Health and Human Services (HHS) Secretary Alex Azar on Sunday revealed why federal officials announced that the first American death from the COVID-19 coronavirus was a woman before officials later clarified that it was a male who died while adding that health officials are still not sure how the person contracted the mysterious new virus.
“Our Centers for Disease Control (CDC) were up late at night, very early in the morning, working with the Washington state public health office and inaccurately reported that the individual was a female, that’s what the president was briefed on, they’ve apologized for incorrectly briefing on that but it’s a very fast-moving situation,” Azar told the broadcaster, saying “we obviously regret the error.”
The first death was reported in Washington state, identifying the victim as a male in his 50s who had underlying health problems. He died at the EvergreenHealth Medical Center in Kirkland, a suburb of Seattle, according to federal officials on Saturday.
A state of emergency was declared in Washington state following the lone death by Gov. Jay Inslee, who said state officials need to “prepare for what could likely be a worldwide pandemic." Officials, meanwhile, are investigating whether there may have been an outbreak at a nursing facility in Kirkland after a resident and health care worker both tested positive for COVID-19, a disease caused by the novel coronavirus believed to have originated in central China in late 2019.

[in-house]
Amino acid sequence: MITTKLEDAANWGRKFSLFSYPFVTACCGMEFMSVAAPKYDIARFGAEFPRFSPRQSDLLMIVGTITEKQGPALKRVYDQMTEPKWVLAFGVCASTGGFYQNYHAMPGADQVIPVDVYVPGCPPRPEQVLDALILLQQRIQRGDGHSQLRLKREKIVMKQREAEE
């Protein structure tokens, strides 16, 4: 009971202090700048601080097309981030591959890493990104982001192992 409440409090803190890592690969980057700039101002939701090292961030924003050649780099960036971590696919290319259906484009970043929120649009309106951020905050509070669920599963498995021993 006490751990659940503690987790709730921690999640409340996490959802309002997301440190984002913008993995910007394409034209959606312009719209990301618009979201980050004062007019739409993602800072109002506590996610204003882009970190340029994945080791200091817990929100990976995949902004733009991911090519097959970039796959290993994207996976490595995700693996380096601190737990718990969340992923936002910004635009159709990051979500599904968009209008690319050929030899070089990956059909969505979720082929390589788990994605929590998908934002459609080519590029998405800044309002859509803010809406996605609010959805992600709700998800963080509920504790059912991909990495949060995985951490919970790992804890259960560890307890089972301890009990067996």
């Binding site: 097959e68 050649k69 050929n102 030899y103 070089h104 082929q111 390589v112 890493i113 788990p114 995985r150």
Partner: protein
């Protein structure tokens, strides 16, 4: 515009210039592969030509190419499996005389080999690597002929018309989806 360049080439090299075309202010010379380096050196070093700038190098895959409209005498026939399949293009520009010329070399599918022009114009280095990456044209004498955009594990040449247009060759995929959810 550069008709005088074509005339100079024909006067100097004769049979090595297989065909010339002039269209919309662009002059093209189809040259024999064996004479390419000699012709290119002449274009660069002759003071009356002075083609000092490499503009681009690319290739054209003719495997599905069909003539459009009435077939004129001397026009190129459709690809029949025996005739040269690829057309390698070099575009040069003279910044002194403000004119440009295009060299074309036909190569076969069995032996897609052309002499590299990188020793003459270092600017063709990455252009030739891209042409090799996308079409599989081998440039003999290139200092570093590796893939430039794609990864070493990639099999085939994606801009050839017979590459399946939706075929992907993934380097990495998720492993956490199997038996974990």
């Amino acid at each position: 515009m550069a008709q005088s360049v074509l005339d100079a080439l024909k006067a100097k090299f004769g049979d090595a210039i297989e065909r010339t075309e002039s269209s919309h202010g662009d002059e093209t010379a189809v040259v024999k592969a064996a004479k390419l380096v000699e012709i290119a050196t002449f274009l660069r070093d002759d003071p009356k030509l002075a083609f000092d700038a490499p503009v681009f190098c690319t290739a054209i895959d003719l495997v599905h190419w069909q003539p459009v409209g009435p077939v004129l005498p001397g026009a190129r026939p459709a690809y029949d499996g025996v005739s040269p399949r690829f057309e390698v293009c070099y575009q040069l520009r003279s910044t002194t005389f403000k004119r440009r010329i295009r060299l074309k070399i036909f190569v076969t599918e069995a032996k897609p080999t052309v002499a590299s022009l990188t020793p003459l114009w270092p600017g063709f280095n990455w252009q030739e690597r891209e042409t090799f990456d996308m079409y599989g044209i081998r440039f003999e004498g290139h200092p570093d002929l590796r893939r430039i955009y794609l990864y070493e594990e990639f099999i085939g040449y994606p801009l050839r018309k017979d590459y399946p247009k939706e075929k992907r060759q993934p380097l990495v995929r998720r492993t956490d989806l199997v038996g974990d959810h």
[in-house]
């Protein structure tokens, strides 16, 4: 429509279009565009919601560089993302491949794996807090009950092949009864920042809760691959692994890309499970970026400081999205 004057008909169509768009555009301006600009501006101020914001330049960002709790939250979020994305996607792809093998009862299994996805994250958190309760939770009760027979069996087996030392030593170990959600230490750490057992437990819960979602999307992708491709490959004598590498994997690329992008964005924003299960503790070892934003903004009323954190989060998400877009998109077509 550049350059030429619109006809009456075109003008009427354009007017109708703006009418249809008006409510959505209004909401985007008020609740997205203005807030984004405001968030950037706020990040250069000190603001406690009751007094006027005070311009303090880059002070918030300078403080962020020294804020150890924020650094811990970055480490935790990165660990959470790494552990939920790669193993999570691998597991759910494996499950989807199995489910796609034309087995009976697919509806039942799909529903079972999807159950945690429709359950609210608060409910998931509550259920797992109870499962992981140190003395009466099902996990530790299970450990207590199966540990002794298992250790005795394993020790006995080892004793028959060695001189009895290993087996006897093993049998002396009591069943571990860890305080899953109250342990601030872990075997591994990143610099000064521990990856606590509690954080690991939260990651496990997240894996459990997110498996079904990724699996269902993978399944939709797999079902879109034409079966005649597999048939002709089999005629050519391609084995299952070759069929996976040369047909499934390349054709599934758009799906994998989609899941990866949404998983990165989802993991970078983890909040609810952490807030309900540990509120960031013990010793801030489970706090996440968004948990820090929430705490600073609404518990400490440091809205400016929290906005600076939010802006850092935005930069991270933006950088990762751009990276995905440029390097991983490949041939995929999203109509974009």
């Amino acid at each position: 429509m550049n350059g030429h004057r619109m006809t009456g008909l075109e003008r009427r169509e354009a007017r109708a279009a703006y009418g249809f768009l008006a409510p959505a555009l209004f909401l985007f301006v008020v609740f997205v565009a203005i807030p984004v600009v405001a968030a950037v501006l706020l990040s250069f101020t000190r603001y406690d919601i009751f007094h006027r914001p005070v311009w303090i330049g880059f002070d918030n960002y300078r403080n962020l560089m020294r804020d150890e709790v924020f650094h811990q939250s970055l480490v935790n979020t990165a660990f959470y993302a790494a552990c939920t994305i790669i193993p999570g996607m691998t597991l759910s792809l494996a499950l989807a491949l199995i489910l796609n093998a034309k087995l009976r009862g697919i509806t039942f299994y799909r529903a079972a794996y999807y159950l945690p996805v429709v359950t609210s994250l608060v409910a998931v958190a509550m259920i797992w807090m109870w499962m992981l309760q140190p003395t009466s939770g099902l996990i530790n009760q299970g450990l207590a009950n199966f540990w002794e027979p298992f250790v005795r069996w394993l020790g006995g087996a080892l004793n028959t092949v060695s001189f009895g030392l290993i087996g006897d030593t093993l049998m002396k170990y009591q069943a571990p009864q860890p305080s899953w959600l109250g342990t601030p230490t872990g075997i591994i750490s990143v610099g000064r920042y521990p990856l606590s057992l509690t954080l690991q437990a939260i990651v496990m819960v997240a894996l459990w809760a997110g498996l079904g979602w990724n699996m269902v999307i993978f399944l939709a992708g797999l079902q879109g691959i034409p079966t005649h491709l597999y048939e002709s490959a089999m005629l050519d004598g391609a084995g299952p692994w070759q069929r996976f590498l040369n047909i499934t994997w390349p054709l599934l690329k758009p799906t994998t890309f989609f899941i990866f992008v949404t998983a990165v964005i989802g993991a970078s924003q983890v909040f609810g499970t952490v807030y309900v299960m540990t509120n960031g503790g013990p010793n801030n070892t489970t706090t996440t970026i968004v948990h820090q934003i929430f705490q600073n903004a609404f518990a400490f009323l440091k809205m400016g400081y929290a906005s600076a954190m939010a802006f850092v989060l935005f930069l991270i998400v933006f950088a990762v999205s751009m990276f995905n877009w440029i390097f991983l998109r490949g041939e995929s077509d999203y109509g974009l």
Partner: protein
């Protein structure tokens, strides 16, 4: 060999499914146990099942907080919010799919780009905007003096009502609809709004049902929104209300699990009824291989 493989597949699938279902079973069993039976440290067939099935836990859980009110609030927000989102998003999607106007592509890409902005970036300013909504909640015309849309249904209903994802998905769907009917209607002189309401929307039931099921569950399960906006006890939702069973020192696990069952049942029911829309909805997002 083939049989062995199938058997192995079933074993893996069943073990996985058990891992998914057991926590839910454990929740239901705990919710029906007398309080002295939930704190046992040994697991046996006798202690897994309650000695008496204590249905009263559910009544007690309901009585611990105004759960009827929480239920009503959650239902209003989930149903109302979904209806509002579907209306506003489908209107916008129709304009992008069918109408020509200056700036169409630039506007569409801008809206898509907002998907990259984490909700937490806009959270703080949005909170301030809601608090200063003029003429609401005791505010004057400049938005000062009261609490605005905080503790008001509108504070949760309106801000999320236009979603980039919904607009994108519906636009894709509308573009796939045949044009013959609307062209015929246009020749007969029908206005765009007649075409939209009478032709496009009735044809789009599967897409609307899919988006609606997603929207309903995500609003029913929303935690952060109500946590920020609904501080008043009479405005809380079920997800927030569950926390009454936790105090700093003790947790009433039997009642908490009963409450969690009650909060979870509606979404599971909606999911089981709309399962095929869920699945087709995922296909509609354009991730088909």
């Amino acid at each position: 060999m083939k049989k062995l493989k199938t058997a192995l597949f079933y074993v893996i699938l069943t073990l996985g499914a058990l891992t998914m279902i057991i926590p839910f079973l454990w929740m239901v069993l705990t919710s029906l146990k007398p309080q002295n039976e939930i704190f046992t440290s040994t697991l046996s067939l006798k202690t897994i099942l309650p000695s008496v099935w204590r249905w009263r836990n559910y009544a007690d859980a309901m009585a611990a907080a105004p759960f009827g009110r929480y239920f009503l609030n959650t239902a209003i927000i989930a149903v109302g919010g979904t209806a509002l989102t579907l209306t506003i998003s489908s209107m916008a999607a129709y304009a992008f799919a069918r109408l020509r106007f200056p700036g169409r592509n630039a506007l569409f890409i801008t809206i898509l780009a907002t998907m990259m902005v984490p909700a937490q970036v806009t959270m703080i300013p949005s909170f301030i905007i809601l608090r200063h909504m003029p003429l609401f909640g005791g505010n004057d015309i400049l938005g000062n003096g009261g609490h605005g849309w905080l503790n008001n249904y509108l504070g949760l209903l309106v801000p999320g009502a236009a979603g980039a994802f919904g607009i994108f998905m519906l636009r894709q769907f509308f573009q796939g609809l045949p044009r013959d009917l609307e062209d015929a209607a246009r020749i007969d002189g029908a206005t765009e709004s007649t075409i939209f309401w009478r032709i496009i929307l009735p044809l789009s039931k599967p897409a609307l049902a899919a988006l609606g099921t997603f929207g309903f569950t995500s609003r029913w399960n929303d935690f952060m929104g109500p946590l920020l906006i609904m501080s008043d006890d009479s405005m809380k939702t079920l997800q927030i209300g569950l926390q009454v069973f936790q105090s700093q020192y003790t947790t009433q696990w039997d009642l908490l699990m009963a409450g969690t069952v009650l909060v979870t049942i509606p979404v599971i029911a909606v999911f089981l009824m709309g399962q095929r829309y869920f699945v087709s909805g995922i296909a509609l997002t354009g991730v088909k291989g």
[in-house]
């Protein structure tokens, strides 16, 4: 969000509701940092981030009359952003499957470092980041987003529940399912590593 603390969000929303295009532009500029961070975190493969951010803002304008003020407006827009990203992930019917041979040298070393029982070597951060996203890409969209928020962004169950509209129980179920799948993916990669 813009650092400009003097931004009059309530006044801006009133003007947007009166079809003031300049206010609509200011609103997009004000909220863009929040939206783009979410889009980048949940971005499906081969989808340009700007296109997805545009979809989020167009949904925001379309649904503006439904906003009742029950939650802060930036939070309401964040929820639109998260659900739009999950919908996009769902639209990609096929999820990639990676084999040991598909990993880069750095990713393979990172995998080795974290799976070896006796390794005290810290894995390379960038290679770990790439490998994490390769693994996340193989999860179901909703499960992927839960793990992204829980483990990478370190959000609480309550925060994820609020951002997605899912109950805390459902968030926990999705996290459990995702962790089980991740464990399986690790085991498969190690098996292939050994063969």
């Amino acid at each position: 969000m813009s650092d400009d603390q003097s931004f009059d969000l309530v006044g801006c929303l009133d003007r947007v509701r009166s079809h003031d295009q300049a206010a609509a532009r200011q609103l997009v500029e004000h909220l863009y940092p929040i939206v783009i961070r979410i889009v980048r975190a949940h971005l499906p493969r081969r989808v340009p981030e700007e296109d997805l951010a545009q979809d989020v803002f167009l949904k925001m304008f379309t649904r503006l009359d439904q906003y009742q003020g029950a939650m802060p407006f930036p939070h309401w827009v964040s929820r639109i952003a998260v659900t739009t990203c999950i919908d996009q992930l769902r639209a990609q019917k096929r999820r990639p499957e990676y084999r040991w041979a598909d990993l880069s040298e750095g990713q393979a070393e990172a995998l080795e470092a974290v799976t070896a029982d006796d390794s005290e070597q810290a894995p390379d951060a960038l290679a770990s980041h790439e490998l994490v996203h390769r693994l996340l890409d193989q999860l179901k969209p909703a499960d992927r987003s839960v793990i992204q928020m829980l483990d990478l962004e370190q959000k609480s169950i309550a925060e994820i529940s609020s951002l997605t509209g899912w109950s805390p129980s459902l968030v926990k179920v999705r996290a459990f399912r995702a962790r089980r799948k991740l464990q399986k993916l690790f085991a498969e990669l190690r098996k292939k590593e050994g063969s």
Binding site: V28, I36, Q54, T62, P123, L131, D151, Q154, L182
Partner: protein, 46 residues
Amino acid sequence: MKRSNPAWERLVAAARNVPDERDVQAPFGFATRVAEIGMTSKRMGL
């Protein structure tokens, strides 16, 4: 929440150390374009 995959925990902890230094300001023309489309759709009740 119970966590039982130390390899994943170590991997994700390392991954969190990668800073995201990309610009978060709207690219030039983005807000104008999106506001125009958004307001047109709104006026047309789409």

Azar added that it is still unclear how the first American to die of COVID-19 actually contracted the virus, as there was no evidence he had any connection to a person who traveled to an outbreak area such as South Korea, Iran, Italy, or China.
"We do not know how he contracted the virus yet. And so that's why we and the state of Washington are deployed out there to try to trace who he had contact with and how he might have gotten the virus. That's why we call it right now a potential community case, meaning we don't have a discernible connection to any travel to Korea or China or any other impacted area," Azar remarked.
Following the weekend escalation, Azar told CBS that "the risk to average Americans remains low, we’re working to keep it low," but he stressed that there will be "more transmission of cases in the United States.” In elaborating on why, the top U.S. health official said that it is "simply a matter of math."
His comments were made as President Donald Trump on Sunday announced that passengers traveling from certain high-risk countries will be screened before boarding as well as when they arrive in the United States. And on Saturday, the Trump administration expanded travel restrictions on Iran and is now urging Americans to avoid travel in parts of South Korea and Italy as those respective countries grapple with how to contain the spread of the virus.